Understanding Cash Bail Bonds

Understanding Cash Bail Bonds

A judge can choose to require a cash bail, or cash-only bail if the defendant in question is deemed a flight risk, has unpaid fines, or has failed to appear for a previously scheduled court appointment. If this is the case, the court will only accept cash – and in many cases only the exact amount – to release the defendant on bail.

Even though anyone can post a cash bail for a defendant, the legal system sees cash bail as providing a greater incentive for the defendant to comply with their legal requirements. If the defendant does not comply, the court keeps the bail money. Even if all stipulations are met, the court might still choose to keep portions of the cash bail to pay off legal fees or any outstanding fines that the defendant might have neglected.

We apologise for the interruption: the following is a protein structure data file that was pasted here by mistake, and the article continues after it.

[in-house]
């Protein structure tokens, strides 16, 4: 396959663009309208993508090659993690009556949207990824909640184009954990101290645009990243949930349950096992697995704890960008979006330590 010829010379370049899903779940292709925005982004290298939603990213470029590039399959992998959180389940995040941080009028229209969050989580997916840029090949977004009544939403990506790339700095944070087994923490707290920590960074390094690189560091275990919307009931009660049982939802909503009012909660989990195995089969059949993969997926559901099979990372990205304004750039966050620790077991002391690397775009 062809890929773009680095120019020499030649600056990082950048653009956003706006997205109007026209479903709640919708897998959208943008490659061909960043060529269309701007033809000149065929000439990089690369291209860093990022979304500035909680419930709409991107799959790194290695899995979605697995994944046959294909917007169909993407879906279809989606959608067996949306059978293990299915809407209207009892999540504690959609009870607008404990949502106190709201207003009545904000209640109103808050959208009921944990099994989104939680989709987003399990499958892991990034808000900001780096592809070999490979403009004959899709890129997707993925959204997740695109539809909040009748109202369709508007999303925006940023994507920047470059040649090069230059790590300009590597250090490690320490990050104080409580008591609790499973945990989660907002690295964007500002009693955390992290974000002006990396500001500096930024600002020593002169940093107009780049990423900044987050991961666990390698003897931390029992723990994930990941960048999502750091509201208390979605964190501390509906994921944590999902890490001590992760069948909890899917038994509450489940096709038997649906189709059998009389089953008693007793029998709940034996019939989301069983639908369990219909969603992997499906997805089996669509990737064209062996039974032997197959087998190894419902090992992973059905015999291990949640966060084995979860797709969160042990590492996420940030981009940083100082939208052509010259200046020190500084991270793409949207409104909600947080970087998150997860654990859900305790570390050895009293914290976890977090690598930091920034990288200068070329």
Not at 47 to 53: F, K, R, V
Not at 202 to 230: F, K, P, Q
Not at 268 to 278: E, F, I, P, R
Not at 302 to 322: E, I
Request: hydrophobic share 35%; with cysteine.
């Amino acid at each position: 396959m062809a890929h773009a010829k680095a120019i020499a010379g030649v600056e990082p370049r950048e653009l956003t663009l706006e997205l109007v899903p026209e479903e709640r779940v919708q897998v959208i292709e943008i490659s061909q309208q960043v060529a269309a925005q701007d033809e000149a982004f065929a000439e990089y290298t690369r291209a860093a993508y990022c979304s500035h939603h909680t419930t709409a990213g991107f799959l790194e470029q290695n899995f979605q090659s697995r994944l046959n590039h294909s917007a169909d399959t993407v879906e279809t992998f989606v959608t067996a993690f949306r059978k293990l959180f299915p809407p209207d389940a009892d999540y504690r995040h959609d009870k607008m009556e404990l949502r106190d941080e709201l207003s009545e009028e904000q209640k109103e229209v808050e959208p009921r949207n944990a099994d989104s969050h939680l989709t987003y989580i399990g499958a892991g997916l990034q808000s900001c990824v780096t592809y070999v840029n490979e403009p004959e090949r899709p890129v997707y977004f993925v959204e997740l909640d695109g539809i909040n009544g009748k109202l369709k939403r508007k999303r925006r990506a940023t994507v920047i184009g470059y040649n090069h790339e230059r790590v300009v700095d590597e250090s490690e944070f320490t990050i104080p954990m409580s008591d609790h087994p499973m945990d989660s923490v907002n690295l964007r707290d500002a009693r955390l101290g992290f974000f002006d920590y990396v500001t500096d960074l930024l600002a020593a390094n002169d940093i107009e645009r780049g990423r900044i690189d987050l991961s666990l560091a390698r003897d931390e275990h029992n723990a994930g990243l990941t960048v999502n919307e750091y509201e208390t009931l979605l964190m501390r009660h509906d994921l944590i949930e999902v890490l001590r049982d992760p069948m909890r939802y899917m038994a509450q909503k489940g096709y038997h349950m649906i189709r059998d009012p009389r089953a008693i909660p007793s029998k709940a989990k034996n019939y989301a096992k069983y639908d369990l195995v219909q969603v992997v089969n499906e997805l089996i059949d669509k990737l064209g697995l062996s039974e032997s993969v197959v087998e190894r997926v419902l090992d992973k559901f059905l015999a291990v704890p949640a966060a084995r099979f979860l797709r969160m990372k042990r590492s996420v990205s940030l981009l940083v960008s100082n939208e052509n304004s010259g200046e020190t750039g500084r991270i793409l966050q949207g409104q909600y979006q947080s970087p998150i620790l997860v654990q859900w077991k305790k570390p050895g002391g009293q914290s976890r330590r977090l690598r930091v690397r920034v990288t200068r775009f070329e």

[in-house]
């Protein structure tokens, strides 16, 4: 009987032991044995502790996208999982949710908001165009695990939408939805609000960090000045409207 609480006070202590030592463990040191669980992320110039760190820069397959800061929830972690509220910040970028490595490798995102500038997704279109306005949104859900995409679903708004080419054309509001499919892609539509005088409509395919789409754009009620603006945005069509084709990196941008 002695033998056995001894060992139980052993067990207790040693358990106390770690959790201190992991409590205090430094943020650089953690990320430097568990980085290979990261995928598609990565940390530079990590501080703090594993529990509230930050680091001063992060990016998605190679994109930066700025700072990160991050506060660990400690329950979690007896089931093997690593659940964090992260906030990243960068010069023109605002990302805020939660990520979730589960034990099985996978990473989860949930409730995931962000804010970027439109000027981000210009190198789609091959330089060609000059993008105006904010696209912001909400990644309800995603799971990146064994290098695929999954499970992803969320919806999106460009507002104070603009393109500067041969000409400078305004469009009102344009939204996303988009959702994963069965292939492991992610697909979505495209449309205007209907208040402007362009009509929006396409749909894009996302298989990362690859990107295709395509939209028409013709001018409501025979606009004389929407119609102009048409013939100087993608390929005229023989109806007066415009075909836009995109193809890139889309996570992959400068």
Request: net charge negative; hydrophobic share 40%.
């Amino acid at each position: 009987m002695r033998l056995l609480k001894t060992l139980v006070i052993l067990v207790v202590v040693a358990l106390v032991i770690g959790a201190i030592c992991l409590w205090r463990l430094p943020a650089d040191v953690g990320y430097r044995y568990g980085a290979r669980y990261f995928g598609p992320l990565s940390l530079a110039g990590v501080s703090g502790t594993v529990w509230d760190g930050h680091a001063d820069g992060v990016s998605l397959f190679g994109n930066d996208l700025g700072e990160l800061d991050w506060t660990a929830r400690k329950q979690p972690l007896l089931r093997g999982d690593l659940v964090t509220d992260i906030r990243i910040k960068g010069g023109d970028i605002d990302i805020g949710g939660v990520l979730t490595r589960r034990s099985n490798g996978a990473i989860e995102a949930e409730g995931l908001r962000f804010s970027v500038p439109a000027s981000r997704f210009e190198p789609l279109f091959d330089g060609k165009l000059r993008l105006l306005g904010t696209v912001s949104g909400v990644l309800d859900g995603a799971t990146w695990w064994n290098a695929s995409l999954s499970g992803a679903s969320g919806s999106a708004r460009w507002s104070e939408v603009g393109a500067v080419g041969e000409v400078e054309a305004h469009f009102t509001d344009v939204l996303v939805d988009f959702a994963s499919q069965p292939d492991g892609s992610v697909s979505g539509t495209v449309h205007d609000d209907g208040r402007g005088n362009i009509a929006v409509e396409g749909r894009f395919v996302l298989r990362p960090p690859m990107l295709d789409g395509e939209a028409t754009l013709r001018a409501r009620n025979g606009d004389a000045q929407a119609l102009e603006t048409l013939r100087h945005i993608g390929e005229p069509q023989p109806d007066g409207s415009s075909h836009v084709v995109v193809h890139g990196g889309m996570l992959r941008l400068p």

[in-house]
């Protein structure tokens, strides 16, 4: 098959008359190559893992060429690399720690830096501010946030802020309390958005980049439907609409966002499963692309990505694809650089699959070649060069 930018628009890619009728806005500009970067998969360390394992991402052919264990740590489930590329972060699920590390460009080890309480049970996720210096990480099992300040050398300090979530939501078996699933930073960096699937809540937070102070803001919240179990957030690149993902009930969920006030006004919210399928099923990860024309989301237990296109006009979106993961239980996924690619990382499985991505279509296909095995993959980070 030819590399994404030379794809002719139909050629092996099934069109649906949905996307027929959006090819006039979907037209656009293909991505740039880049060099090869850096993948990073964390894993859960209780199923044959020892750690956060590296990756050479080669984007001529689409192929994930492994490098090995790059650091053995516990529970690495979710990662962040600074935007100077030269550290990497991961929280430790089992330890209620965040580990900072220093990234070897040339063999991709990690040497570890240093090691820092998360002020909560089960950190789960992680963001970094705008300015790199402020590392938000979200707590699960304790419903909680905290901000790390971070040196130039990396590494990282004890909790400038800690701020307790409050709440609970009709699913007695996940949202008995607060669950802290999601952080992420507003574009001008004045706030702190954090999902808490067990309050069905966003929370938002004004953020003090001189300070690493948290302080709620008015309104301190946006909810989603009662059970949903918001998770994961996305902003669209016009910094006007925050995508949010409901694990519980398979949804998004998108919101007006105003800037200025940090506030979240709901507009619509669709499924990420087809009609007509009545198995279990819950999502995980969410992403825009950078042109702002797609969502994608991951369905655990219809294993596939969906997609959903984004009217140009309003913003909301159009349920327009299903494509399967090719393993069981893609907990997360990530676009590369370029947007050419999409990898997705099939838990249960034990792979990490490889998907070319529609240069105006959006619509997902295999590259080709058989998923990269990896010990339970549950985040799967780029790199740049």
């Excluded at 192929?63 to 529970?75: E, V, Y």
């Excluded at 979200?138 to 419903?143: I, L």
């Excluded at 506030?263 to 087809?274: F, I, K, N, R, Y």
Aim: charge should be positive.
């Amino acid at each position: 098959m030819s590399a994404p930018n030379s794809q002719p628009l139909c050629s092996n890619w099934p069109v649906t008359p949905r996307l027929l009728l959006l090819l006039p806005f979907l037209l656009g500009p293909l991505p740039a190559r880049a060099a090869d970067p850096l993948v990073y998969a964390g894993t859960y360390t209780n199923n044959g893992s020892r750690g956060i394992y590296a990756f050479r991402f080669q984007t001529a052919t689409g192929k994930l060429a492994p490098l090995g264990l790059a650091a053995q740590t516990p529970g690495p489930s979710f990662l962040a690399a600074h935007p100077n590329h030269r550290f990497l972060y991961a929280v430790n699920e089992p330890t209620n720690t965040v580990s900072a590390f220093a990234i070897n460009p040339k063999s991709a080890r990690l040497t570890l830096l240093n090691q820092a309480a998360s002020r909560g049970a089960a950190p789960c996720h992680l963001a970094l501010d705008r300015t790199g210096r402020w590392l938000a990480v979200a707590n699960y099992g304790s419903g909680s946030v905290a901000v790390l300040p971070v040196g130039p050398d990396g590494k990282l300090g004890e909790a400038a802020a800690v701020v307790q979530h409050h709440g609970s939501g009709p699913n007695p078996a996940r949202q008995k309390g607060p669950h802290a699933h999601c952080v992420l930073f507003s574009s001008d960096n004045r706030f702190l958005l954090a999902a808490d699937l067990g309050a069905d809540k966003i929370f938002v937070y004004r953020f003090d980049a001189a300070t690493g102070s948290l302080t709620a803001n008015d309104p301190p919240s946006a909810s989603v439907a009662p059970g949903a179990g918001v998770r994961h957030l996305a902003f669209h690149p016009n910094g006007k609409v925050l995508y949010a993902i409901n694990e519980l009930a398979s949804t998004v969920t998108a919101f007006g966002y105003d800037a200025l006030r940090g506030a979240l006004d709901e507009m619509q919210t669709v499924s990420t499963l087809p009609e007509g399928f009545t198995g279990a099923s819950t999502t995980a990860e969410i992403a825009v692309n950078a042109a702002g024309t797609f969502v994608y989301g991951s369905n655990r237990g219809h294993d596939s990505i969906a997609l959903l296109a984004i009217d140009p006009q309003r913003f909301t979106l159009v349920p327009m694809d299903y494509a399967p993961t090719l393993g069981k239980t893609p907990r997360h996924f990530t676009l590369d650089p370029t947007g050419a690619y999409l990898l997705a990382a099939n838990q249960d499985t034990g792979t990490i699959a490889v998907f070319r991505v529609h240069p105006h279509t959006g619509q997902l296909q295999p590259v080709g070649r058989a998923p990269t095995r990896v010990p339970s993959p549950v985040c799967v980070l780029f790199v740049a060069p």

Certain bail bondsmen do deal in cash bail bonds. While it is generally good practice for the defendant, or a friend or relative, to pay the full bail amount without going through a bondsman because of the 10% non-refundable fee that a bondsman charges, in a cash-only bail case it might be wise to employ a bondsman anyway. This is because judges are far less likely to take money from a cash bail bond posted by a bondsman to pay for fees and expenses, than a cash bail posted by the defendant themselves.

Lets say, for the sake of easy math, your cash-only bail is set at $500 and you have $200 worth of unpaid fines. In this case, even if you can afford the $500 out-of-pocket, it is much more affordable to pay a bail bondsman $50 for their 10% fee, than to have the judge take $200 out of your bail money to cover the fines.

If a defendant does not comply with court orders, not only is their cash bail forfeited, but the judge will put out a warrant for their arrest.

 Further Reading

Posted by Javi Calderon, on April 26, 2012 at 3:08 PM